… and stay for some stargazing. If you can stretch your one day in the Grand Canyon into the evening hours, there are some spectacular sights to see. After three years of provisional International Dark Sky status, the Grand Canyon was granted official certification in 2019. This almost guarantees some impressive starry skies after dark.

8. Join an Organized Tour of the Park

The park offers guided tours on foot, bike, bus, Jeep, van, or mule. Check the NPS website for more information on tour options that work for one day in the Grand Canyon.

The famous Pink Jeep Adventure Tour offers 2- and 3-hour tours of the Grand Canyon, with stops at the most epic scenic views.

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Want to go really big? Try out a helicopter tour of the Grand Canyon! A few different places offer tours, such as the highly-rated Maverick Helicopters.

8. Yavapai Geology Museum

Geology lovers will love the exhibits, detailed topographic maps of the park, and interpretative panels that give visitors a deeper understanding of the canyon’s geology. And the views from the museum are pretty incredible too.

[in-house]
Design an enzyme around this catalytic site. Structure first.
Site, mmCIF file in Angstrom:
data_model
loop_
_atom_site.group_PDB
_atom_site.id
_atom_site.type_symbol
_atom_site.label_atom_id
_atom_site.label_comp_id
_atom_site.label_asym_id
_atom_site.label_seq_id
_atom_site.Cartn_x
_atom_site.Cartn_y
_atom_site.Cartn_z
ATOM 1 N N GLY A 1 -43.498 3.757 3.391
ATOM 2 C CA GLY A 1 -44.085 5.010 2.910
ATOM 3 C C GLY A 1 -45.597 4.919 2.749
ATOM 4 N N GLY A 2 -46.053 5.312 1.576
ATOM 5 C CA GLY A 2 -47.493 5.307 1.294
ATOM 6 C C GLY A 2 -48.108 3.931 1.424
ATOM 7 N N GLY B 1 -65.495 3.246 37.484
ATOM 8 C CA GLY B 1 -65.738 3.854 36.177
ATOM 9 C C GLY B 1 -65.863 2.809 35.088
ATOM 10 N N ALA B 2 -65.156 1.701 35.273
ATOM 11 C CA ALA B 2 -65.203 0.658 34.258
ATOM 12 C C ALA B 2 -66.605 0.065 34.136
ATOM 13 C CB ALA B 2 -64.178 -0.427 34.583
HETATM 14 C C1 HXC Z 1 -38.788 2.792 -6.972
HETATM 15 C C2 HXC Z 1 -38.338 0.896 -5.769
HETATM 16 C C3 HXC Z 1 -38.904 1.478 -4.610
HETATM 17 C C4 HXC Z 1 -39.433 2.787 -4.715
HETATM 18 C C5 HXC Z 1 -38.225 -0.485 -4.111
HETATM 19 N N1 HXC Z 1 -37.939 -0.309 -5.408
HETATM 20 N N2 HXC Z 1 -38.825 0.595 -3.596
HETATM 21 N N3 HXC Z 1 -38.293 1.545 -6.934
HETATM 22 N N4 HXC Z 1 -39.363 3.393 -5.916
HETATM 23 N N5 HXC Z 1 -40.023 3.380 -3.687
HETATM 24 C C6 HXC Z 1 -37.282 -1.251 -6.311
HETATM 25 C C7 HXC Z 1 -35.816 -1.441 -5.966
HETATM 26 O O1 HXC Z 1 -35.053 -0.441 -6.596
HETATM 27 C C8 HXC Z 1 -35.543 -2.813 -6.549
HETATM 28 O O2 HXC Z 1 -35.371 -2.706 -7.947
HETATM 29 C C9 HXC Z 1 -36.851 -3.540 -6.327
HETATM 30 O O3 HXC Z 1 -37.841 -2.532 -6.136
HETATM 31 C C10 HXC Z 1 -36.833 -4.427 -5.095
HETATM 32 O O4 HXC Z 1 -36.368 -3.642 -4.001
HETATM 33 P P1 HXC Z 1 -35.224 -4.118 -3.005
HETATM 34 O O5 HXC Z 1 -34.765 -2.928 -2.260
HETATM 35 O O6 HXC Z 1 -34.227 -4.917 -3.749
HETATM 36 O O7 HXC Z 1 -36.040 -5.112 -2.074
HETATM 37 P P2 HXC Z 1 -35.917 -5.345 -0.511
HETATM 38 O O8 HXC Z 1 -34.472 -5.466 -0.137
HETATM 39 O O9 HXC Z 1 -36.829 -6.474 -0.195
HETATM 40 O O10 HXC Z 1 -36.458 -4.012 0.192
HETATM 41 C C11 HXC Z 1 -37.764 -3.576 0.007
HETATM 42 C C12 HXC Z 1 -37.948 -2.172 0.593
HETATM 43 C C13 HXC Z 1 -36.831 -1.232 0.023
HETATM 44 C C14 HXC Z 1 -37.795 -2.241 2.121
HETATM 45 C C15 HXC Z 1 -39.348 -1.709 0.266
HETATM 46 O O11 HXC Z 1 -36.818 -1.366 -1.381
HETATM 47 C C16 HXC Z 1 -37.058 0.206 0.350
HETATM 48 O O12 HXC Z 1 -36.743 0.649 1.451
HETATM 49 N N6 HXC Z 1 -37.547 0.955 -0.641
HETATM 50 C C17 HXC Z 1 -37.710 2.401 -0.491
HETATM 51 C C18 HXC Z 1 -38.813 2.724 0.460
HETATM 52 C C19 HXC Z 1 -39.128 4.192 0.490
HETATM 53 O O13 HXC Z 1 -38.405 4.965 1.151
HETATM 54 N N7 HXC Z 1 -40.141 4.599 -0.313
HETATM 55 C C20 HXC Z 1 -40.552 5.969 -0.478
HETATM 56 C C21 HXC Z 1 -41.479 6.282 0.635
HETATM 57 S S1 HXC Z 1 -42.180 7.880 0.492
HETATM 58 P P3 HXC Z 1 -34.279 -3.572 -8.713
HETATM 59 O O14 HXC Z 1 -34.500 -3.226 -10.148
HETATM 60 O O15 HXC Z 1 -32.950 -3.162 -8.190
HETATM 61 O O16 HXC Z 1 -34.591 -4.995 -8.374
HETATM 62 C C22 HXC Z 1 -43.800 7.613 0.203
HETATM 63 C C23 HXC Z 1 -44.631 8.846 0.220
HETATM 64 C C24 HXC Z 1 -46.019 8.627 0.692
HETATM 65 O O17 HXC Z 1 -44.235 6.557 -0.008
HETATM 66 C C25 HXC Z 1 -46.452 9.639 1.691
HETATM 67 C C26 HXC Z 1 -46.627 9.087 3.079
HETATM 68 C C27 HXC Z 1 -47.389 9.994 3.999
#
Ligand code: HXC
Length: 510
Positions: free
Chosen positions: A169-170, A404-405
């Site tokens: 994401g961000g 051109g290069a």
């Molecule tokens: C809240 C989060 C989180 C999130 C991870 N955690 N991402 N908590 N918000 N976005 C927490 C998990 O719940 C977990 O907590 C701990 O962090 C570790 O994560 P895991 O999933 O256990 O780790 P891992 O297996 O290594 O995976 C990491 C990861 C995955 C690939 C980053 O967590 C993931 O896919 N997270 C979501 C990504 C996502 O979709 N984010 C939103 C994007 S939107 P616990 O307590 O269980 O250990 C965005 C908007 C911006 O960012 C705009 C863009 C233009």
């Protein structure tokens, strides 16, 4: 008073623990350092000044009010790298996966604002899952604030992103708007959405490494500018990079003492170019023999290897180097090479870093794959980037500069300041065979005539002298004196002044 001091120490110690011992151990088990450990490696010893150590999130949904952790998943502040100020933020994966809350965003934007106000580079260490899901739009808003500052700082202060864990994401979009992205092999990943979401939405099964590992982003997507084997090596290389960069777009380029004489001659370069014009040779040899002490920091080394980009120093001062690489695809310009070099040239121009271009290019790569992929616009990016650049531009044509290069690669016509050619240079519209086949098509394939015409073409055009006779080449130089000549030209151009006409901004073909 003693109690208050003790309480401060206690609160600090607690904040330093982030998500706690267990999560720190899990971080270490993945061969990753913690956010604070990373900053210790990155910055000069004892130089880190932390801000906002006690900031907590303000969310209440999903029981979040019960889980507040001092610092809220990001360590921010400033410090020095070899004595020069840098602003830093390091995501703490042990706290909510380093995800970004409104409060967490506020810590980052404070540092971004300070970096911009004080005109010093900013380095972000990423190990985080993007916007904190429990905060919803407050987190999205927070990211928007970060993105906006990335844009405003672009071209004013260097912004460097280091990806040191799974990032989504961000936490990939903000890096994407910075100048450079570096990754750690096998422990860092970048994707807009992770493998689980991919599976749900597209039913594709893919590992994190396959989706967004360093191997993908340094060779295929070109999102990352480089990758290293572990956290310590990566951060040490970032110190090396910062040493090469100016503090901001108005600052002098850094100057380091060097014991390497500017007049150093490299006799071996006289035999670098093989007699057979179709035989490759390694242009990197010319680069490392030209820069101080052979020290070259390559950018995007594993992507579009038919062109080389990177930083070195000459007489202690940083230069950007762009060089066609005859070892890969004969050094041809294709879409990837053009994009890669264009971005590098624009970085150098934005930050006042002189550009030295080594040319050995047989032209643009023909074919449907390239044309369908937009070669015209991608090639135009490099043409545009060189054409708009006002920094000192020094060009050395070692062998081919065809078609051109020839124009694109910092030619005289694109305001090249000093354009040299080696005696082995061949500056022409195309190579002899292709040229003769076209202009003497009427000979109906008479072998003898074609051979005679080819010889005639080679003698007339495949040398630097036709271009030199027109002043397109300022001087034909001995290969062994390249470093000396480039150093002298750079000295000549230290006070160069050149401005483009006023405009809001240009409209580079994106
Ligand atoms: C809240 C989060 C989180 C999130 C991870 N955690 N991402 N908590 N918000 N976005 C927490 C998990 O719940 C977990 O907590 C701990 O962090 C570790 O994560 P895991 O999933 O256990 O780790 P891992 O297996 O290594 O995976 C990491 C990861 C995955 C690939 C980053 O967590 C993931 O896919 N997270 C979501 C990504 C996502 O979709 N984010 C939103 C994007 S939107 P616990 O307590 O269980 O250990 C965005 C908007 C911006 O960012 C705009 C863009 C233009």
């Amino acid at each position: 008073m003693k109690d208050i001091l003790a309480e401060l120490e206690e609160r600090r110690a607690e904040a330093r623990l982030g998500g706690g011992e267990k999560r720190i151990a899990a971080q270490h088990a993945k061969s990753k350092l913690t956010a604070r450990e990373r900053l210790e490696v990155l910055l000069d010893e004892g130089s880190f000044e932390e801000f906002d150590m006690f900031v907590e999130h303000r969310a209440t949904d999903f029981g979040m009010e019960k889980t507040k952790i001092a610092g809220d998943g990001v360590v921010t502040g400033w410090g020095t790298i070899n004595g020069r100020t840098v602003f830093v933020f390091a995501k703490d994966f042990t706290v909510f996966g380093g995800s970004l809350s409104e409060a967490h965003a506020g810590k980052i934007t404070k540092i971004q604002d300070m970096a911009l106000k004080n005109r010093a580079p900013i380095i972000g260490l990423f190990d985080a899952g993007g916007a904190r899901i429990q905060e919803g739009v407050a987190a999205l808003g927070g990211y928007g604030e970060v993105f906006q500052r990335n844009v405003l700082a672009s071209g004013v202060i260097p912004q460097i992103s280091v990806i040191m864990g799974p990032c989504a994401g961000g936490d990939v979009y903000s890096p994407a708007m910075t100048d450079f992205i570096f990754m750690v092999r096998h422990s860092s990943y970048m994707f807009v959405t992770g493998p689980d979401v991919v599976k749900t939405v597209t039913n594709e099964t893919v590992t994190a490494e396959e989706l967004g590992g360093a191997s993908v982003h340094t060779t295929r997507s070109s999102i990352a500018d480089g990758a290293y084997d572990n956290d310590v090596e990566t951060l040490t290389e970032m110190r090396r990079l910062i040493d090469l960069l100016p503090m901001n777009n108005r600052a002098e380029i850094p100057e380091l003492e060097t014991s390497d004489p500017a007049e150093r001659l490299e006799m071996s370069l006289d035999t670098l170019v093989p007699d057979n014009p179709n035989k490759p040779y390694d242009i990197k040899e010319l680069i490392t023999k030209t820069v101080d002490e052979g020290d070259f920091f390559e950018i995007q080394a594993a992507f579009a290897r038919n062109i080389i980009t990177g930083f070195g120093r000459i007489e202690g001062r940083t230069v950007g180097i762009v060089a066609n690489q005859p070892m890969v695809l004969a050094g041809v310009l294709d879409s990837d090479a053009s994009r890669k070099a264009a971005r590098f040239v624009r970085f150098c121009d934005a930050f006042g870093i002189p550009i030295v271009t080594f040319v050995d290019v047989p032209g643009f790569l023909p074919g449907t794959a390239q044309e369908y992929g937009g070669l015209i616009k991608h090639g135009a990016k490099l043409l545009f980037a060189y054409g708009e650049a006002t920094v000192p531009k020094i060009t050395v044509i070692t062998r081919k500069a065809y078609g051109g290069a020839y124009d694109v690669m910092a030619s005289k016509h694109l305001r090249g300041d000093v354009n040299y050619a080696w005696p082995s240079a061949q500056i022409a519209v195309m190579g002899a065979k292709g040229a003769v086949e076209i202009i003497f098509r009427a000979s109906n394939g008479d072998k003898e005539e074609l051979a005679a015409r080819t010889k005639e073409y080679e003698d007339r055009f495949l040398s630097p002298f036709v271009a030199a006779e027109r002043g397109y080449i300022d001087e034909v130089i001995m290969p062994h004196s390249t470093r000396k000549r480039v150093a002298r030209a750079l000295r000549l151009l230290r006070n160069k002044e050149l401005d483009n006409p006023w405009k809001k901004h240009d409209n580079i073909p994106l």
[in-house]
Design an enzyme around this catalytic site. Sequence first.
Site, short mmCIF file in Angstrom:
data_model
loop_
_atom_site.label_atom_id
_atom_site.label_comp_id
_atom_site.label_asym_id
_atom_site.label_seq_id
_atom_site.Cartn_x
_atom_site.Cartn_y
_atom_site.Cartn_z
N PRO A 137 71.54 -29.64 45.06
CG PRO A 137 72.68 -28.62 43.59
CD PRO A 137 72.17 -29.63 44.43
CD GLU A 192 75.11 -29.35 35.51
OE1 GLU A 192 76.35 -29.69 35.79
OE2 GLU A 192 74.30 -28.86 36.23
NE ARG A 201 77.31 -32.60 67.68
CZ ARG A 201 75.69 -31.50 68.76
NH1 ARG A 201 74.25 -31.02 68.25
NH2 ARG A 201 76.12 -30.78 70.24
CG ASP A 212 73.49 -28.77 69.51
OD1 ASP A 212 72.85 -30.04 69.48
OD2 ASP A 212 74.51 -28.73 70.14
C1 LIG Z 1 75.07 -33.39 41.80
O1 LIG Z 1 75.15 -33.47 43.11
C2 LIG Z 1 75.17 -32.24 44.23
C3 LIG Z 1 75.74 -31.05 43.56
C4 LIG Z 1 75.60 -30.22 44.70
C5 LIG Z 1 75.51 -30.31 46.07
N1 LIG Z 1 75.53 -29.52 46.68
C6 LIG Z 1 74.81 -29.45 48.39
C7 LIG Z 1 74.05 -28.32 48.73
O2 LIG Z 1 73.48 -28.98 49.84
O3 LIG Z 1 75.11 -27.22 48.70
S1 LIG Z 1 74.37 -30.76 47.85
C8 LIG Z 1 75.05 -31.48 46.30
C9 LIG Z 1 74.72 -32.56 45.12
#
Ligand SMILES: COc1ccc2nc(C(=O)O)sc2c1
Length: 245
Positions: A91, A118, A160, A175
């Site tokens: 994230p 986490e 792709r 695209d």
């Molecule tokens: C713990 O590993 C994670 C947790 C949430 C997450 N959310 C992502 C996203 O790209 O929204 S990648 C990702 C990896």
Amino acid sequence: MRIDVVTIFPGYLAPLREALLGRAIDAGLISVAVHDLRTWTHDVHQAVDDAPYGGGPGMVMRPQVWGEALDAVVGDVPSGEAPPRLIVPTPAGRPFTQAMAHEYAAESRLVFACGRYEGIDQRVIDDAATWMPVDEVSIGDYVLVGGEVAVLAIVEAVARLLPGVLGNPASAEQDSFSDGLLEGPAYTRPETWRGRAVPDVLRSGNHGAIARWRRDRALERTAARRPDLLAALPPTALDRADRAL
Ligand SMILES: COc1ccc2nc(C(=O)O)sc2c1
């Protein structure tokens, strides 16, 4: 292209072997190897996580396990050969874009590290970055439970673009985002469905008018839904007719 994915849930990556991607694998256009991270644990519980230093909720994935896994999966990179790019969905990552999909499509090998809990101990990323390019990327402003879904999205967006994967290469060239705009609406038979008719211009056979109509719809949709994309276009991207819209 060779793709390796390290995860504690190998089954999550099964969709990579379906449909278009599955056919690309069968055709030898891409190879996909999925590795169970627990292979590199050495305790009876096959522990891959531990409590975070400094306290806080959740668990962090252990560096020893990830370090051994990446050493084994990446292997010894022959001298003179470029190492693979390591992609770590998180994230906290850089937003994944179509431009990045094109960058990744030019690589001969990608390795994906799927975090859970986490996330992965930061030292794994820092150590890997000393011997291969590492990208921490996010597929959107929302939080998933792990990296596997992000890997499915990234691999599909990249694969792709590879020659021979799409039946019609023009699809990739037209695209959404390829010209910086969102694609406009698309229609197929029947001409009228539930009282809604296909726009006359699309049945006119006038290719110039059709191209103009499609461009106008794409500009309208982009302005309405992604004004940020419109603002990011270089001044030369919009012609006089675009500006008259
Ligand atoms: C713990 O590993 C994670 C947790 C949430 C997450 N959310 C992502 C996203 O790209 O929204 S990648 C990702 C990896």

a view of the Grand Canyon from inside the Yavapai Geology Museum
The views from the Yavapai Geology Museum are incredible (photo courtesy of NPS)

9. Stroll Along the Trail of Time

While at the Yavapai Geology Museum, take a stroll along the 3-mile (flat and paved) Trail of Time to learn about the canyon’s history. Starting at the museum, you’ll walk back in history, from present to past. Do you prefer to begin with the earliest days, from the past to the present? Start the walk at the Grand Canyon Village.

10. Ride the Grand Canyon Railway

Make your trip into the park part of the adventure, and skip the long lines into the park with a ride on the Grand Canyon Railway. The train leaves Williams, AZ, daily. Click here to see the current schedule and make reservations.

Getting Around the Grand Canyon

There is a bit of distance between each area of the park. There are parking areas in each section, but you risk losing a spot once you move your car in peak season. The most efficient way around the park is by shuttle or bike.

A Suggested Itinerary for One Day in the Grand Canyon

Start with an early arrival to make sure to get good parking and avoid precious time just sitting in traffic to get into the park.

Park near the visitor center and take the short walk to Mather Point, where, if you’re there early enough, you can catch the sunrise over the canyon. After Mather Point, spend some time in the Visitor Center area, where you’ll find shops, museums, and cafes.

From there, you can head west to the Village. Get there via bike (rentals are available at the Visitor Center), shuttle, or car. (We recommend bike or shuttle on the extra busy days since you may not get another parking spot if you move your vehicle.